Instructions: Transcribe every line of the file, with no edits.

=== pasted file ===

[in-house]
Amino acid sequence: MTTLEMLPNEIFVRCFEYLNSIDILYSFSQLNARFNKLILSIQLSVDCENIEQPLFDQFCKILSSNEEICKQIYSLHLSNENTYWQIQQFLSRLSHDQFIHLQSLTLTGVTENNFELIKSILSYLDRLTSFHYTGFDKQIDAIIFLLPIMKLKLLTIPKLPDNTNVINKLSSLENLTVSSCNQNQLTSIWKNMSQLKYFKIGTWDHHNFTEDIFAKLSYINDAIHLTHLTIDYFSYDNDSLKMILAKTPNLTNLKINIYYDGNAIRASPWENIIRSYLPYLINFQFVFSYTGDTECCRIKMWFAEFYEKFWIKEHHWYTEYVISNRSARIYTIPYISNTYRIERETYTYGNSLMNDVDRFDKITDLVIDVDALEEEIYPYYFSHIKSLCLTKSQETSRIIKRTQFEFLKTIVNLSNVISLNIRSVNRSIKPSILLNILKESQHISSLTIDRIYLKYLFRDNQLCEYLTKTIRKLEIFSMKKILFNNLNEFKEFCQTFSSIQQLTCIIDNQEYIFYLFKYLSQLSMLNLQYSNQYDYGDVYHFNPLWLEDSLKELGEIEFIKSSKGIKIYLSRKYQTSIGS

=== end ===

[in-house]
Amino acid sequence: MTTLEMLPNEIFVRCFEYLNSIDILYSFSQLNARFNKLILSIQLSVDCENIEQPLFDQFCKILSSNEEICKQIYSLHLSNENTYWQIQQFLSRLSHDQFIHLQSLTLTGVTENNFELIKSILSYLDRLTSFHYTGFDKQIDAIIFLLPIMKLKLLTIPKLPDNTNVINKLSSLENLTVSSCNQNQLTSIWKNMSQLKYFKIGTWDHHNFTEDIFAKLSYINDAIHLTHLTIDYFSYDNDSLKMILAKTPNLTNLKINIYYDGNAIRASPWENIIRSYLPYLINFQFVFSYTGDTECCRIKMWFAEFYEKFWIKEHHWYTEYVISNRSARIYTIPYISNTYRIERETYTYGNSLMNDVDRFDKITDLVIDVDALEEEIYPYYFSHIKSLCLTKSQETSRIIKRTQFEFLKTIVNLSNVISLNIRSVNRSIKPSILLNILKESQHISSLTIDRIYLKYLFRDNQLCEYLTKTIRKLEIFSMKKILFNNLNEFKEFCQTFSSIQQLTCIIDNQEYIFYLFKYLSQLSMLNLQYSNQYDYGDVYHFNPLWLEDSLKELGEIEFIKSSKGIKIYLSRKYQTSIGS